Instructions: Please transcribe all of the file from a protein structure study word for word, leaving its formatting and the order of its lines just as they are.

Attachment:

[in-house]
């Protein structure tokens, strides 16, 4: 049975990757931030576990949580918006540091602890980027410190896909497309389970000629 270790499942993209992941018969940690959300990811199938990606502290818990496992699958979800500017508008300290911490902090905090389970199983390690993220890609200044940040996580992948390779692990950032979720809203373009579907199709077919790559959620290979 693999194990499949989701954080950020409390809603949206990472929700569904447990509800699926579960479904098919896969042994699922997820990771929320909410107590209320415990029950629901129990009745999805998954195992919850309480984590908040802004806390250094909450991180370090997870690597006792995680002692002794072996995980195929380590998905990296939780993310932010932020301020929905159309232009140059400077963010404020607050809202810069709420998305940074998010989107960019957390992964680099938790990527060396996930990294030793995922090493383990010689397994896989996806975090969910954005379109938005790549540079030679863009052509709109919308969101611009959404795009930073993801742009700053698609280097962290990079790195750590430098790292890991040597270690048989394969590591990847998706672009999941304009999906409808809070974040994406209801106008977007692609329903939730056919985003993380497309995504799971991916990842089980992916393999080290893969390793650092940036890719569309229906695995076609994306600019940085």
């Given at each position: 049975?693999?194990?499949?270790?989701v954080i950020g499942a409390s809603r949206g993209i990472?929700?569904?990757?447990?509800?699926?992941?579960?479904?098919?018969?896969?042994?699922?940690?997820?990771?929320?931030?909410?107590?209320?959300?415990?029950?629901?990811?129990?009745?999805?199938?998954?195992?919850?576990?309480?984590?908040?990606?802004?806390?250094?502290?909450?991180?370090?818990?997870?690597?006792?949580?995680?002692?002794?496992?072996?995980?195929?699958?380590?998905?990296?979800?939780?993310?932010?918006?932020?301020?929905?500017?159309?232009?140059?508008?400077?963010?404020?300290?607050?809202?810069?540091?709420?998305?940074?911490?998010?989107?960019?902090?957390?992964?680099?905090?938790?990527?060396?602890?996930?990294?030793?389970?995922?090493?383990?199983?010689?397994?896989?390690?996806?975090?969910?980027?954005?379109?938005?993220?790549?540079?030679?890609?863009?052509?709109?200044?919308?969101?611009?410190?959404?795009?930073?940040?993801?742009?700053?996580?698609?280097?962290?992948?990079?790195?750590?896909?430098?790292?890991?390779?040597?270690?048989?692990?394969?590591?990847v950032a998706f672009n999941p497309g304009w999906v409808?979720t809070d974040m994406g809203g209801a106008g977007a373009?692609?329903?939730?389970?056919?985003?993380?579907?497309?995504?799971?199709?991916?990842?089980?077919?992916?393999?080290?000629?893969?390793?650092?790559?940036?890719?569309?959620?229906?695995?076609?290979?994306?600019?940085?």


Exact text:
[in-house]
């Protein structure tokens, strides 16, 4: 049975990757931030576990949580918006540091602890980027410190896909497309389970000629 270790499942993209992941018969940690959300990811199938990606502290818990496992699958979800500017508008300290911490902090905090389970199983390690993220890609200044940040996580992948390779692990950032979720809203373009579907199709077919790559959620290979 693999194990499949989701954080950020409390809603949206990472929700569904447990509800699926579960479904098919896969042994699922997820990771929320909410107590209320415990029950629901129990009745999805998954195992919850309480984590908040802004806390250094909450991180370090997870690597006792995680002692002794072996995980195929380590998905990296939780993310932010932020301020929905159309232009140059400077963010404020607050809202810069709420998305940074998010989107960019957390992964680099938790990527060396996930990294030793995922090493383990010689397994896989996806975090969910954005379109938005790549540079030679863009052509709109919308969101611009959404795009930073993801742009700053698609280097962290990079790195750590430098790292890991040597270690048989394969590591990847998706672009999941304009999906409808809070974040994406209801106008977007692609329903939730056919985003993380497309995504799971991916990842089980992916393999080290893969390793650092940036890719569309229906695995076609994306600019940085």
């Given at each position: 049975?693999?194990?499949?270790?989701v954080i950020g499942a409390s809603r949206g993209i990472?929700?569904?990757?447990?509800?699926?992941?579960?479904?098919?018969?896969?042994?699922?940690?997820?990771?929320?931030?909410?107590?209320?959300?415990?029950?629901?990811?129990?009745?999805?199938?998954?195992?919850?576990?309480?984590?908040?990606?802004?806390?250094?502290?909450?991180?370090?818990?997870?690597?006792?949580?995680?002692?002794?496992?072996?995980?195929?699958?380590?998905?990296?979800?939780?993310?932010?918006?932020?301020?929905?500017?159309?232009?140059?508008?400077?963010?404020?300290?607050?809202?810069?540091?709420?998305?940074?911490?998010?989107?960019?902090?957390?992964?680099?905090?938790?990527?060396?602890?996930?990294?030793?389970?995922?090493?383990?199983?010689?397994?896989?390690?996806?975090?969910?980027?954005?379109?938005?993220?790549?540079?030679?890609?863009?052509?709109?200044?919308?969101?611009?410190?959404?795009?930073?940040?993801?742009?700053?996580?698609?280097?962290?992948?990079?790195?750590?896909?430098?790292?890991?390779?040597?270690?048989?692990?394969?590591?990847v950032a998706f672009n999941p497309g304009w999906v409808?979720t809070d974040m994406g809203g209801a106008g977007a373009?692609?329903?939730?389970?056919?985003?993380?579907?497309?995504?799971?199709?991916?990842?089980?077919?992916?393999?080290?000629?893969?390793?650092?790559?940036?890719?569309?959620?229906?695995?076609?290979?994306?600019?940085?």